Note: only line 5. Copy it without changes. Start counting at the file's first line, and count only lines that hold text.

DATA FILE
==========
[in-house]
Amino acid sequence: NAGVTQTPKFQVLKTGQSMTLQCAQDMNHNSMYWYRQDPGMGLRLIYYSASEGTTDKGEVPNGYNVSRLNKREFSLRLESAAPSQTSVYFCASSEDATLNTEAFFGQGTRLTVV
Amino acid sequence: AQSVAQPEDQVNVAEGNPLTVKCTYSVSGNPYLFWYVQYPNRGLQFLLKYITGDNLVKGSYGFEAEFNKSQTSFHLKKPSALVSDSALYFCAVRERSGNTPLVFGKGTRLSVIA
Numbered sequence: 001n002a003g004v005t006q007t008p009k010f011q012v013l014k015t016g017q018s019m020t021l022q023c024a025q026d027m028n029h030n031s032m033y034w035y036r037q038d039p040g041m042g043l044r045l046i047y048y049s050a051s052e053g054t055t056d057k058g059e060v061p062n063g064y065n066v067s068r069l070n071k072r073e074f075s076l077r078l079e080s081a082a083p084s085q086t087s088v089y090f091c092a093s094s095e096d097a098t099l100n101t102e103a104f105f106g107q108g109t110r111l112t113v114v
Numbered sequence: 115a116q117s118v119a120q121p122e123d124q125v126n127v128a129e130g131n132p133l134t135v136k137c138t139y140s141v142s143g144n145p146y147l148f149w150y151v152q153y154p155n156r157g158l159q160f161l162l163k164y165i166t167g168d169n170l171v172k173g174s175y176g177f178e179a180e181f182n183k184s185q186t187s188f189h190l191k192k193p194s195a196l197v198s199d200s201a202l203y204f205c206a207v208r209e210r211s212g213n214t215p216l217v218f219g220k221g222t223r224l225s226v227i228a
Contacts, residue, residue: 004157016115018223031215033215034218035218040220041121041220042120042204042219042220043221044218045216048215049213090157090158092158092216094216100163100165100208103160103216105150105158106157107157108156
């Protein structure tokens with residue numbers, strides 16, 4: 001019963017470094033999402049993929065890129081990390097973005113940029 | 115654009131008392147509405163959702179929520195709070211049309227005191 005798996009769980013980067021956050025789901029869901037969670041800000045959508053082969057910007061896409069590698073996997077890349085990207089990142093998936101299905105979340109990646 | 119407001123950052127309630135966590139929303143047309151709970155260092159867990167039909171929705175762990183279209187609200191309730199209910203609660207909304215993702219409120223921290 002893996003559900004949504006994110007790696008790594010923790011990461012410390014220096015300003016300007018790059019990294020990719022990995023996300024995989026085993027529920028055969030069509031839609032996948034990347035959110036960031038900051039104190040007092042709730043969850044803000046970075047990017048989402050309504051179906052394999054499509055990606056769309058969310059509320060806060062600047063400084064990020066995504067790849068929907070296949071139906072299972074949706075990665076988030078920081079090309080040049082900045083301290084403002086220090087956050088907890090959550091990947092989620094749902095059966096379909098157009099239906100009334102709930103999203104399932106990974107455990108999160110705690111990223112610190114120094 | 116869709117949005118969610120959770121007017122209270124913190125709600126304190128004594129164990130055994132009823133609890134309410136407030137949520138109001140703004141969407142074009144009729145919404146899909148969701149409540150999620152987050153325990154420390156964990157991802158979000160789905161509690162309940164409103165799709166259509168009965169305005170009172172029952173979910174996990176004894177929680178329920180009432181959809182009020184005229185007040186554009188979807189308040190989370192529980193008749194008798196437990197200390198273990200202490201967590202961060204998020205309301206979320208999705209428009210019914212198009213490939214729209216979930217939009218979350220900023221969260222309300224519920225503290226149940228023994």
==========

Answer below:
Numbered sequence: 115a116q117s118v119a120q121p122e123d124q125v126n127v128a129e130g131n132p133l134t135v136k137c138t139y140s141v142s143g144n145p146y147l148f149w150y151v152q153y154p155n156r157g158l159q160f161l162l163k164y165i166t167g168d169n170l171v172k173g174s175y176g177f178e179a180e181f182n183k184s185q186t187s188f189h190l191k192k193p194s195a196l197v198s199d200s201a202l203y204f205c206a207v208r209e210r211s212g213n214t215p216l217v218f219g220k221g222t223r224l225s226v227i228a